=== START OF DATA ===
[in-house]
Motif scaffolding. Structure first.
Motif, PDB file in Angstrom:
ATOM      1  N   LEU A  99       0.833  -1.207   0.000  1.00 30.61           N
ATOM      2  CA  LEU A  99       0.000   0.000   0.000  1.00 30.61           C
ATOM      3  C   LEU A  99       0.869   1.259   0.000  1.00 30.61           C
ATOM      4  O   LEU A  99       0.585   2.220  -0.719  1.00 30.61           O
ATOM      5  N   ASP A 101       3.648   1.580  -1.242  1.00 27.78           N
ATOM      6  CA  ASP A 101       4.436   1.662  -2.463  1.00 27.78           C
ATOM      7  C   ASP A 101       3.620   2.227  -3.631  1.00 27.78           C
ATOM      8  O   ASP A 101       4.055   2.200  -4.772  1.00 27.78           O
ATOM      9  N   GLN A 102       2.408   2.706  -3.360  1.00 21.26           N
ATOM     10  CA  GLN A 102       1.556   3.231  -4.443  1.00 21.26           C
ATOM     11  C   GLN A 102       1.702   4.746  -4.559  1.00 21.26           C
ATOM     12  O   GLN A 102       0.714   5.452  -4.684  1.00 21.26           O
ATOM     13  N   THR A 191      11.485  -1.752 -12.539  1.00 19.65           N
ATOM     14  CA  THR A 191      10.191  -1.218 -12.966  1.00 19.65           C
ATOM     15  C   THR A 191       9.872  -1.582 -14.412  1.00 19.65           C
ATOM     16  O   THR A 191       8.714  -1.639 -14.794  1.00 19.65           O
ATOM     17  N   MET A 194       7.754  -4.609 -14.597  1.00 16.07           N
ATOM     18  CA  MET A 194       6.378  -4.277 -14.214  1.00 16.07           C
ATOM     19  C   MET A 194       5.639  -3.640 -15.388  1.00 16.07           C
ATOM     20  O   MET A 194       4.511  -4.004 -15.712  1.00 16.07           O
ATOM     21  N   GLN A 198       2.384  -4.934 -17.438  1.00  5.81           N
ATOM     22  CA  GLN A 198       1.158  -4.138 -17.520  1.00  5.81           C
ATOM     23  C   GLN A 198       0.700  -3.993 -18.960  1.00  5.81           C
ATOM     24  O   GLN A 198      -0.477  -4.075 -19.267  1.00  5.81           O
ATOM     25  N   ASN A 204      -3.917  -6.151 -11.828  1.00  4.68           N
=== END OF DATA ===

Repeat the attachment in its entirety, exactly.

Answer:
[in-house]
Motif scaffolding. Structure first.
Motif, PDB file in Angstrom:
ATOM      1  N   LEU A  99       0.833  -1.207   0.000  1.00 30.61           N
ATOM      2  CA  LEU A  99       0.000   0.000   0.000  1.00 30.61           C
ATOM      3  C   LEU A  99       0.869   1.259   0.000  1.00 30.61           C
ATOM      4  O   LEU A  99       0.585   2.220  -0.719  1.00 30.61           O
ATOM      5  N   ASP A 101       3.648   1.580  -1.242  1.00 27.78           N
ATOM      6  CA  ASP A 101       4.436   1.662  -2.463  1.00 27.78           C
ATOM      7  C   ASP A 101       3.620   2.227  -3.631  1.00 27.78           C
ATOM      8  O   ASP A 101       4.055   2.200  -4.772  1.00 27.78           O
ATOM      9  N   GLN A 102       2.408   2.706  -3.360  1.00 21.26           N
ATOM     10  CA  GLN A 102       1.556   3.231  -4.443  1.00 21.26           C
ATOM     11  C   GLN A 102       1.702   4.746  -4.559  1.00 21.26           C
ATOM     12  O   GLN A 102       0.714   5.452  -4.684  1.00 21.26           O
ATOM     13  N   THR A 191      11.485  -1.752 -12.539  1.00 19.65           N
ATOM     14  CA  THR A 191      10.191  -1.218 -12.966  1.00 19.65           C
ATOM     15  C   THR A 191       9.872  -1.582 -14.412  1.00 19.65           C
ATOM     16  O   THR A 191       8.714  -1.639 -14.794  1.00 19.65           O
ATOM     17  N   MET A 194       7.754  -4.609 -14.597  1.00 16.07           N
ATOM     18  CA  MET A 194       6.378  -4.277 -14.214  1.00 16.07           C
ATOM     19  C   MET A 194       5.639  -3.640 -15.388  1.00 16.07           C
ATOM     20  O   MET A 194       4.511  -4.004 -15.712  1.00 16.07           O
ATOM     21  N   GLN A 198       2.384  -4.934 -17.438  1.00  5.81           N
ATOM     22  CA  GLN A 198       1.158  -4.138 -17.520  1.00  5.81           C
ATOM     23  C   GLN A 198       0.700  -3.993 -18.960  1.00  5.81           C
ATOM     24  O   GLN A 198      -0.477  -4.075 -19.267  1.00  5.81           O
ATOM     25  N   ASN A 204      -3.917  -6.151 -11.828  1.00  4.68           N